"We got a lot of calls for smoke, so it looks like it might have been steam," the dispatcher added.

    The city's social services department said after the blast that the children and their family were among five placed at the apartment building being used as a so-called "cluster site" -- a building with a mix of renters and homeless families. The other families at the apartment were moved to other shelters.

    "We are devastated by this tragedy," the department said in a statement. "We are investigating and taking steps to immediately transfer the four other families being sheltered at this location to another shelter.”

    City records show that the apartment where the blast went off had no open violations with the city, but that the building itself had 60 violations. There had been 46 complaints called into 311 this year for the building, including three for radiators."

    One of the landlords of the building was on the city advocate's list of the 100 worst landlords. NBC 4 New York has reached out to the landlord's attorney for comment.

    In a statement Thursday, New York City Comptroller Scott Stringer said he was outraged by the deaths of the children and called on the city to release a roadmap to tackle the homeless crisis.

    "Cluster sites can be extremely dangerous for homeless families. Hotels are extraordinarily expensive and provide limited services. These options make no sense," Stringer said. "That’s why we need a clear, transparent, public plan. While I know that progress will take time, we cannot continue to accept the status quo. The city promised to end its reliance on both of these forms of shelter – and we are no doubt trending in the wrong direction."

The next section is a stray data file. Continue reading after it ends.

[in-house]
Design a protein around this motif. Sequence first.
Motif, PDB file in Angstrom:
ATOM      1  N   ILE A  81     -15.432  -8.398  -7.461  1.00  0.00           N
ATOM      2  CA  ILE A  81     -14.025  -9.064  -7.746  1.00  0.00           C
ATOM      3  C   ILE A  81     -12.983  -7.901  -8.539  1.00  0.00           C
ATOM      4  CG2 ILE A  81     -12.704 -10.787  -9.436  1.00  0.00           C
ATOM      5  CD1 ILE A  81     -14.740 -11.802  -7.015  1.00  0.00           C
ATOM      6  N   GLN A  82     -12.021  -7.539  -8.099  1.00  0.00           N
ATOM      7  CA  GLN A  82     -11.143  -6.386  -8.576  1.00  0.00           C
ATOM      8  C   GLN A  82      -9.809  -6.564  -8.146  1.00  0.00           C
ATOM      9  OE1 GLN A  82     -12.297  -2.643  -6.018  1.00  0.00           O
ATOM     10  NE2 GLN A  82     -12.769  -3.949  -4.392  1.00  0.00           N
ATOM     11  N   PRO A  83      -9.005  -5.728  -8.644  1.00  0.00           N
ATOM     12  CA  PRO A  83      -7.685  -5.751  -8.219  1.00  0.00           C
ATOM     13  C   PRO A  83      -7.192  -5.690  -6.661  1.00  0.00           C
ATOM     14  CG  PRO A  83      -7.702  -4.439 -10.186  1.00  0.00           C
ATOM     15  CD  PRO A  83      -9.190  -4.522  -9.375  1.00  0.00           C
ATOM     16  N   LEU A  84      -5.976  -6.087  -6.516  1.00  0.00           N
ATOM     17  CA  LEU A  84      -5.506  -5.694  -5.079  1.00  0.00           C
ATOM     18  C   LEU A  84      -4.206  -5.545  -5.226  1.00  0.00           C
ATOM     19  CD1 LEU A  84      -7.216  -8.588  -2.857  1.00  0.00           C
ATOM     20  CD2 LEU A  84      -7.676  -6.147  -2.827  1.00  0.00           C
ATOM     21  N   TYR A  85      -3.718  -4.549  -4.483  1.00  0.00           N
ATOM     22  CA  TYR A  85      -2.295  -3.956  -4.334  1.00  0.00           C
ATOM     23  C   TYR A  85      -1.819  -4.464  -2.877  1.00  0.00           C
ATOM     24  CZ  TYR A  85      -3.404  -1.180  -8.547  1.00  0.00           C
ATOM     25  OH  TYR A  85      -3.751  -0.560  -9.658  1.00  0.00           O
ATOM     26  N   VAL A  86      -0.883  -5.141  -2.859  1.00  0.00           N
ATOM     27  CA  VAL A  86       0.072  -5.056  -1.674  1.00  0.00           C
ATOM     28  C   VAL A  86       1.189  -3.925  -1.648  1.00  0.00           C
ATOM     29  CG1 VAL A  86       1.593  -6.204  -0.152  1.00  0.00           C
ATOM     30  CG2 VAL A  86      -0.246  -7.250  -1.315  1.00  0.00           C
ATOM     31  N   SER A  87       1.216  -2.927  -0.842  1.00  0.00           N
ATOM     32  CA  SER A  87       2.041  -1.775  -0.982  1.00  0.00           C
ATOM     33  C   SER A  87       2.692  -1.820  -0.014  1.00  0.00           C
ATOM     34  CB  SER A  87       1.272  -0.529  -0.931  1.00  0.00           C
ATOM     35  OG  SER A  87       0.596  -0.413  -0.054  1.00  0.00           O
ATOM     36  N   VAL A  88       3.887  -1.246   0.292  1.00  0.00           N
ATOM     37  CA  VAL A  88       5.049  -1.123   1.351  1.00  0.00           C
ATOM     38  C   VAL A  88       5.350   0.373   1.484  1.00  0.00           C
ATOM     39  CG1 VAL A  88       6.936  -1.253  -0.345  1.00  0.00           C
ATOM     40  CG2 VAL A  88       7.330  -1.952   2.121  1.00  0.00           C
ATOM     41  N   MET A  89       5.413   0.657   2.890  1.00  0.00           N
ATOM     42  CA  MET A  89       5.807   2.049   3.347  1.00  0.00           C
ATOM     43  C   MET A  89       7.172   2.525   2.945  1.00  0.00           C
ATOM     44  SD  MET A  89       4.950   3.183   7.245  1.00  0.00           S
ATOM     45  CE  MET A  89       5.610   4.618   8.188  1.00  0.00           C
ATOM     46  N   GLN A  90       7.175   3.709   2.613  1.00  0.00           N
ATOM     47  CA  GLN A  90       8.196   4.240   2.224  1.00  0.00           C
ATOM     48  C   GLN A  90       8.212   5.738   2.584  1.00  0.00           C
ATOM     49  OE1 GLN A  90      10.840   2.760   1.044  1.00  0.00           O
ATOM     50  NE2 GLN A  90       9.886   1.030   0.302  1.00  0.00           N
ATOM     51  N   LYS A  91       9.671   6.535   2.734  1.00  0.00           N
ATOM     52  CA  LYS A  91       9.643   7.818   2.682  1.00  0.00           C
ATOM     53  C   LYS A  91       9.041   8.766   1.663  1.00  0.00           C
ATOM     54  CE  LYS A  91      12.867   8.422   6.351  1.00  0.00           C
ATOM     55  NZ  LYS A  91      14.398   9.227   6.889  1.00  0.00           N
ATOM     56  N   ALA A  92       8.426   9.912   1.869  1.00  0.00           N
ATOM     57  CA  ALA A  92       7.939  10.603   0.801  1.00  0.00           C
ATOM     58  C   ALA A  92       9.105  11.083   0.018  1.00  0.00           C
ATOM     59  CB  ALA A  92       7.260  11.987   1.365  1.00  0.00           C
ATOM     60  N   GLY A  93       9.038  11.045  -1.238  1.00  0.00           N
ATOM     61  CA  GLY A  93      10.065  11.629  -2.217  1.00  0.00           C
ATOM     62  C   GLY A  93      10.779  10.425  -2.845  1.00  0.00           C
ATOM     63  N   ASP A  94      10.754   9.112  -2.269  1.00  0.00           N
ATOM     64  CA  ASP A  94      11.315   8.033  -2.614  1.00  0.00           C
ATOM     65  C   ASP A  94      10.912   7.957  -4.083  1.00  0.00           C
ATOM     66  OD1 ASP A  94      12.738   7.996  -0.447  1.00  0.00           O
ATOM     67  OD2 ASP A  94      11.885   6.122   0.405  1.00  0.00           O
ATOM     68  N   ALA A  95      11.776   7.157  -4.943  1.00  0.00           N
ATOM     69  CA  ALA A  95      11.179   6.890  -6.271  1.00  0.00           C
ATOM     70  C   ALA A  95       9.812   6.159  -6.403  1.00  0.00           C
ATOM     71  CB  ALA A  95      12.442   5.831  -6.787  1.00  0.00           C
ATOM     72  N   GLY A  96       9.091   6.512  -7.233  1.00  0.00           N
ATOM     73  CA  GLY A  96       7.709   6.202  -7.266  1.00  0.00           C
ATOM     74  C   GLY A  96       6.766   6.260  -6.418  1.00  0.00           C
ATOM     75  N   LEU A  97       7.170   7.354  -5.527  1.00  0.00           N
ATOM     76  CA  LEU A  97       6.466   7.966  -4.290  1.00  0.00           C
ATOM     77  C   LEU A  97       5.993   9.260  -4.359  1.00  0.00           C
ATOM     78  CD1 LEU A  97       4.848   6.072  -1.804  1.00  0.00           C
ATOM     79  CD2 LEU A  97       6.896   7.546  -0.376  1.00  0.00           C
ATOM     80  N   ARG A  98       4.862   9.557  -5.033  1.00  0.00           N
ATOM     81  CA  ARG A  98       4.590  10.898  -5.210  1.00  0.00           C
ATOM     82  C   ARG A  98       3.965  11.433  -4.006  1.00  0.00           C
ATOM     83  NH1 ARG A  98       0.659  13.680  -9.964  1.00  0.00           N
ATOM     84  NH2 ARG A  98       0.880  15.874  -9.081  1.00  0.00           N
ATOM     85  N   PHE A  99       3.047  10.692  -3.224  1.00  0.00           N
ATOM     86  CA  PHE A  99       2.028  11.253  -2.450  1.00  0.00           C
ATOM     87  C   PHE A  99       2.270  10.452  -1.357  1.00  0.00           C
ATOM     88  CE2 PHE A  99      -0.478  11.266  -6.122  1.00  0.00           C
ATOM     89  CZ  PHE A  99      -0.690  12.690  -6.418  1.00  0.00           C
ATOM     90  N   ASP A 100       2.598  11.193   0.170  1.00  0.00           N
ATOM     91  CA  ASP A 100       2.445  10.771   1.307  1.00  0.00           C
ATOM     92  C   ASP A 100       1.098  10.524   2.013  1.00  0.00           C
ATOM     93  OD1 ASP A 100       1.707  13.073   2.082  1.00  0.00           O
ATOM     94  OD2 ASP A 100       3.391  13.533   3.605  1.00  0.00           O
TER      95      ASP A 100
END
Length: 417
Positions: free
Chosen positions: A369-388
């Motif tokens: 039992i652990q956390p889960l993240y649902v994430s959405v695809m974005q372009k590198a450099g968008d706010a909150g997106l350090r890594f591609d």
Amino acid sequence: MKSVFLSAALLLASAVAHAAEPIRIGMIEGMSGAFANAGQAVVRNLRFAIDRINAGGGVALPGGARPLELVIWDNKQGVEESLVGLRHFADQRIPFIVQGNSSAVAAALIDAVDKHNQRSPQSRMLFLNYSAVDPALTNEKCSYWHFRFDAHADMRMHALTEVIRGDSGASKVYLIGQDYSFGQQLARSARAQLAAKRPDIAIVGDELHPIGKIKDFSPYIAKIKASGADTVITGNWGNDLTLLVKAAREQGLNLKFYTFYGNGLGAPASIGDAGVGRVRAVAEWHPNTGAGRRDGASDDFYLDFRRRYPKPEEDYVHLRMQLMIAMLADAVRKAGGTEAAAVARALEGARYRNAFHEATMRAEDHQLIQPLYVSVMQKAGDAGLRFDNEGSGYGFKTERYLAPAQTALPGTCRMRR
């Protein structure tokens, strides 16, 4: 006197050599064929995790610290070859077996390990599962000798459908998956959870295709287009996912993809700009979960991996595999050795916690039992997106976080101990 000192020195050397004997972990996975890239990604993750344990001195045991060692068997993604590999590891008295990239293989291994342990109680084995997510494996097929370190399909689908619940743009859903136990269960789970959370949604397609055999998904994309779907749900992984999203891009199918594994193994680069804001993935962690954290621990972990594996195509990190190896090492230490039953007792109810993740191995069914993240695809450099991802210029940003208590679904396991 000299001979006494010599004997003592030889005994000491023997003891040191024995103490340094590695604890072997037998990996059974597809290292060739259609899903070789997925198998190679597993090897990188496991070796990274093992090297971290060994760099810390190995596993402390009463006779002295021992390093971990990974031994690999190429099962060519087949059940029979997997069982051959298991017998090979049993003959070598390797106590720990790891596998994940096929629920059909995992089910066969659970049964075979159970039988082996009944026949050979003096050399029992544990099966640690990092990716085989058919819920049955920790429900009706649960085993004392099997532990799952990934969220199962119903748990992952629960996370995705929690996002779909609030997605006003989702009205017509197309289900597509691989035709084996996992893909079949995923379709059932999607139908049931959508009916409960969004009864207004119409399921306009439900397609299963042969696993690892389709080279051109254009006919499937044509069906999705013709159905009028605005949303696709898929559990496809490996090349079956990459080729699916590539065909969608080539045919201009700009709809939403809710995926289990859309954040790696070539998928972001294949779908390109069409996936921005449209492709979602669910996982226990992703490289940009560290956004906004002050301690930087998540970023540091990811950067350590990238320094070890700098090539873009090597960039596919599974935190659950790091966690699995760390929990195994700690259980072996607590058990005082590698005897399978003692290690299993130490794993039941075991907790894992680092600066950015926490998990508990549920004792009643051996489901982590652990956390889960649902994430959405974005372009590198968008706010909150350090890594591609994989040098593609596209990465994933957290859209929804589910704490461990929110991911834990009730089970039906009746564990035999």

Stringer said cluster sites not previously identified for closure have more than 13,000 open violations, including 1,000 that are "high priority."

    "What a horrifying loss," he said of the little girls who lost their lives. "My heart goes out to this family in this time of unimaginable pain."

    De Blasio said Thursday the city wants to move away from cluster sites, but doesn't want homeless people living on the street. He said his administration would work to develop a timeline and additional strategic planning. In the meantime, he said the city will perform checks at 3,000 cluster sites.

    A representative for the non-profit Bedco, which placed the Ambrose family, declined to comment to NBC 4 New York. The city said it was in the process of entering a contract with Bedco to place more homeless families.



    Photo Credit: NBC 4 NY

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    Police are investigating a bank robbery in Vernon this morning and they are asking for help to find the robber. 

    The robbery happened at United Bank, at 25 Park St. in Vernon, around 9:20 a.m. on Thursday. 

    Police said the robber appeared to be between 60 and 70 years-old and wore glasses, a knit hat and a black puffy winter coat. 

    Vernon police are asking for help from the public to identify him. 

    Anyone who knows the man should call the Vernon Police Department at (860) 872-9126 and either dial 0 for a dispatcher or 9 to leave a tip in a voice mail box.



    Photo Credit: Vernon Police

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    A woman who was accused of drinking and backing into a seventh grade RHAM teacher in Hebron in March 2014 was acquitted of all charges in connection with the teacher's death, but was found guilty of misconduct with a motor vehicle, according to court officials.

    In addition to misconduct with a motor vehicle, Elizabeth Everett had also been charged with second-degree manslaughter with a motor vehicle, operating a vehicle while under the influence, second-degree manslaughter and unsafe backing, according to online court records, and she pleaded not guilty.